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Friday, October 23, 2009

Ten Steps for a successful Whitetail scouting trip. (Part 1 of 3 Tips on how to get a deer this season with a busy Schedule)


image credit Zachary Airtraps

Some of us have very busy schedules and don't have a ton of time to get ready for deer hunting like we would like to or use to so this little guide should help you out in those time crunch situations.


1. First make sure you are out in the woods at least five days before you plan to hunt. At five days you are very close to pushing your luck, but for the most part you should be ok.

2. Start out by identifying a food source then and work your way back into the woods. A corn field, bean field, clover, or even hay fields are all ideal places for deer to feed.

3. Find the major trails to and from the food source and follow them into the woods. Deer will travel a long way to get food. We have shot deer out in the middle of a 30,000 acre WMA and the deer have corn in their digestive system, so be prepared to have to walk a long distance.

4. There will be many trails that intersect the trail you start out on. My suggestion is to find the one that looks like it has first been used most recently and second looks like it has the most traffic.

5. Keep your eye’s open and look for the tell tail signs of deer.

6. Droppings will tell you how often deer frequent the trail by the amount of droppings. They will also tell you if the deer have used the trail recently. Fresh droppings are usually shiny and will squish if you poke them with a stick. Old droppings will look dry and crumble when you poke them.

7. Rubs are sign of a buck being in the area. Typically you will find them on trees that are about two and a half inches in diameter to about four inches in diameter. They will be anywhere from two feet to about three and a half feet off of the ground. You will know that the rubs are fresh if there is still moisture seeping out of the tree or the rub looks greenish in color.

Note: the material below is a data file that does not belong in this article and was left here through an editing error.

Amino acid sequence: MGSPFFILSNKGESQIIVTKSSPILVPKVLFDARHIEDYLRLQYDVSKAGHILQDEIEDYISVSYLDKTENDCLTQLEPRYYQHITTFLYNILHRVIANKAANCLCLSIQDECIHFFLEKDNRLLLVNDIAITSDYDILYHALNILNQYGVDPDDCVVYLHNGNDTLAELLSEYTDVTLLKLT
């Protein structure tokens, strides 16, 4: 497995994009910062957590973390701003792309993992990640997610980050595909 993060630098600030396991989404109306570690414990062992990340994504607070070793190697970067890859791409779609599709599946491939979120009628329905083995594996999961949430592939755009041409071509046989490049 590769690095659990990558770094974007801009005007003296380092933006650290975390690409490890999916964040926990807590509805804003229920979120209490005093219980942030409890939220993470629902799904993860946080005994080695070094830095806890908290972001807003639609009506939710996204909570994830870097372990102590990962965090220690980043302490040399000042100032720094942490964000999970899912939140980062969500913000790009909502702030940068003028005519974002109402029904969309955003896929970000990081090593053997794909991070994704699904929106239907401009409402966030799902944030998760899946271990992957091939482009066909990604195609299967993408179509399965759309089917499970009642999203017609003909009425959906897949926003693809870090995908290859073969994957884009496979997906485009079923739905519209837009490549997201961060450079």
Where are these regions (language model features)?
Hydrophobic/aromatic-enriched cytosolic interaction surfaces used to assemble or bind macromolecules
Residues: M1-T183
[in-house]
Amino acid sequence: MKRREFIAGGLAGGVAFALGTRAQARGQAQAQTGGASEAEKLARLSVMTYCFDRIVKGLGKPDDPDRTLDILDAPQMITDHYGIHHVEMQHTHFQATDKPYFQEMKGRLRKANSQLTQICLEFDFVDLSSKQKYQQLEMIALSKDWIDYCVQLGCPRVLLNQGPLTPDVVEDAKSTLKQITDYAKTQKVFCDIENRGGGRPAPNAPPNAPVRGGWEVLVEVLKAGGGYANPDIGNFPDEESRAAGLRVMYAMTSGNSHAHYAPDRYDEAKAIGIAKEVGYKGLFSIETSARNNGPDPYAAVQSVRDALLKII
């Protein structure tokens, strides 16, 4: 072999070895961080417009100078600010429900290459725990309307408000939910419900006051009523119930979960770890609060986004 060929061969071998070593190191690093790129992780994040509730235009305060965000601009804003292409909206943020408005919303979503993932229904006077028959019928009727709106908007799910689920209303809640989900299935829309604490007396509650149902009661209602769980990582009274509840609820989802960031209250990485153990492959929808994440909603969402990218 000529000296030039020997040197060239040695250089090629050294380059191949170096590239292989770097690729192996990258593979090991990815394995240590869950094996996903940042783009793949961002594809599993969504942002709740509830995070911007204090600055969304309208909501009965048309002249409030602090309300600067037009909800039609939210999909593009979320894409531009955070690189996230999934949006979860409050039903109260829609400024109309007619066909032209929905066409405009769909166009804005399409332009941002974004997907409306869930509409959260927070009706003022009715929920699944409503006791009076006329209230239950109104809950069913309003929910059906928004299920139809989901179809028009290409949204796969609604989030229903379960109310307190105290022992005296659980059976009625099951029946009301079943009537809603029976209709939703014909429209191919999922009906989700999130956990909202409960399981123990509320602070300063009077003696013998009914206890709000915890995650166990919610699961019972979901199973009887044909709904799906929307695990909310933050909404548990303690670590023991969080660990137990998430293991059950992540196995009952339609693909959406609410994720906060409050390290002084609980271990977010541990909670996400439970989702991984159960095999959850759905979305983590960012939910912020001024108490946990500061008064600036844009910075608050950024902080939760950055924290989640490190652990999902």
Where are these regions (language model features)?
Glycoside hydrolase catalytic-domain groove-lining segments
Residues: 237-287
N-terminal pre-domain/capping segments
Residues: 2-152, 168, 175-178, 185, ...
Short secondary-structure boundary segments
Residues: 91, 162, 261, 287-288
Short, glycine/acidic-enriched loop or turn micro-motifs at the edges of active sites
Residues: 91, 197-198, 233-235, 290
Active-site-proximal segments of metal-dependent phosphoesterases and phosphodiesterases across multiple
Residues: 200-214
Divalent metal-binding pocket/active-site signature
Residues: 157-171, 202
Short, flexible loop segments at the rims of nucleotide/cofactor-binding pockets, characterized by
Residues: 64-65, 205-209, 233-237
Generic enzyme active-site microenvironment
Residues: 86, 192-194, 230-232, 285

8. Scrapes are another good sign of Bucks being in the area. Most often you find these by a tree that juts out further than any of the other trees in to a field or open area in the woods. This tree will typically also have lower hanging branches on it, but not always. A scrape basically looks like a deer cleared a bunch of grass out of a small area from a foot in diameter and can be up to four feet in diameter.

9. Eventually you will have walked far enough to find out where the deer are bedding. These areas can be quite different form one to another. Here are a few good places to look, really tall grass, thick brush, dry swamp, pine trees with nice sized open areas underneath of them. Basically you have to think like a deer what would keep you out of the wind, keep you some what dry in the rain, and allow you a good place to stay away from predators.

10. Pick the best place for your deer stand.

To find out more on picking the best place for your deer stand check back for part two of Tips on how to get a deer this season.
Let me know any steps you might have added to the list or even expand on some of the steps I posted.

~ Ben G.

Related links
Good read

4 comments:

TackleBoxTalk said...

Hi Ben,

While I have never actually hunted deer, it is something I would like to get into. This post had some great ideas. I look forward to reading the rest of the series as I learn more about deer hunting and get prepared for next year. Any tips on how to talk my wife into a deer rifle for Christmas? Now that would be really helpful!

Have you gone deer hunting at all this season? I would be interested to see how it goes. Best of luck to you.

Rick Kratzke said...

Ben, those are some very good tips indeed and the picture could not be any better.
I look forward to reading the rest.

Marian Love Phillips said...

Thanks for the tips Ben and will be back to read more. Like the picture also of a deer trail! Goodhunting to you this season! :)

Ben G. said...

TackelBox, First of all thanks, second good luck on talking the wife into getting you a rifle for christmas, the best I've done is a pocket knife. Finaly I haven't been out deer hunting yet this season, but I plan to go out scouting this weekend for the up comming shot gun season.


Rick, Thanks and Thanks

Marin, Your welcome, And good luck to you too.

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